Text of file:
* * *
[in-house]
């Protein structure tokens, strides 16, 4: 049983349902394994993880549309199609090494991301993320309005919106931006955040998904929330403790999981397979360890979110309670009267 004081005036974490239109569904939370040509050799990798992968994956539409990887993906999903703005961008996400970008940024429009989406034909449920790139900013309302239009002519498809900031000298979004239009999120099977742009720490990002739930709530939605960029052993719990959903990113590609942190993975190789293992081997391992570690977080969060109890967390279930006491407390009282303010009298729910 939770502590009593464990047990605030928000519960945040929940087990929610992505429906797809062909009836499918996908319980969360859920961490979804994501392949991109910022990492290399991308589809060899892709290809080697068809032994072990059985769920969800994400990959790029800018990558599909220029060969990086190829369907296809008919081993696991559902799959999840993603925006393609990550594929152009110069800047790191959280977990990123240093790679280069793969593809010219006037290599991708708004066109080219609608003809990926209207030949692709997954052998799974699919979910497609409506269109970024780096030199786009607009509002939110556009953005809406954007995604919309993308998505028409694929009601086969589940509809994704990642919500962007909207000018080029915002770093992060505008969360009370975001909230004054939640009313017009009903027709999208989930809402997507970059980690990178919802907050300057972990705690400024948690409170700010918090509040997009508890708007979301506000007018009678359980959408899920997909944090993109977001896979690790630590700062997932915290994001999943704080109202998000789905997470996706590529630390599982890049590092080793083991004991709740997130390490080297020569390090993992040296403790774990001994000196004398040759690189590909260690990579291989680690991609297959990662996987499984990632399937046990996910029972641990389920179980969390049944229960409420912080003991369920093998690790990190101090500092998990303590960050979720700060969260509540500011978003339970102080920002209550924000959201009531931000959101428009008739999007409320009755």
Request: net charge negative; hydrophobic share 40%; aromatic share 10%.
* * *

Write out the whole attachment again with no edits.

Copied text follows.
[in-house]
């Protein structure tokens, strides 16, 4: 049983349902394994993880549309199609090494991301993320309005919106931006955040998904929330403790999981397979360890979110309670009267 004081005036974490239109569904939370040509050799990798992968994956539409990887993906999903703005961008996400970008940024429009989406034909449920790139900013309302239009002519498809900031000298979004239009999120099977742009720490990002739930709530939605960029052993719990959903990113590609942190993975190789293992081997391992570690977080969060109890967390279930006491407390009282303010009298729910 939770502590009593464990047990605030928000519960945040929940087990929610992505429906797809062909009836499918996908319980969360859920961490979804994501392949991109910022990492290399991308589809060899892709290809080697068809032994072990059985769920969800994400990959790029800018990558599909220029060969990086190829369907296809008919081993696991559902799959999840993603925006393609990550594929152009110069800047790191959280977990990123240093790679280069793969593809010219006037290599991708708004066109080219609608003809990926209207030949692709997954052998799974699919979910497609409506269109970024780096030199786009607009509002939110556009953005809406954007995604919309993308998505028409694929009601086969589940509809994704990642919500962007909207000018080029915002770093992060505008969360009370975001909230004054939640009313017009009903027709999208989930809402997507970059980690990178919802907050300057972990705690400024948690409170700010918090509040997009508890708007979301506000007018009678359980959408899920997909944090993109977001896979690790630590700062997932915290994001999943704080109202998000789905997470996706590529630390599982890049590092080793083991004991709740997130390490080297020569390090993992040296403790774990001994000196004398040759690189590909260690990579291989680690991609297959990662996987499984990632399937046990996910029972641990389920179980969390049944229960409420912080003991369920093998690790990190101090500092998990303590960050979720700060969260509540500011978003339970102080920002209550924000959201009531931000959101428009008739999007409320009755």
Request: net charge negative; hydrophobic share 40%; aromatic share 10%.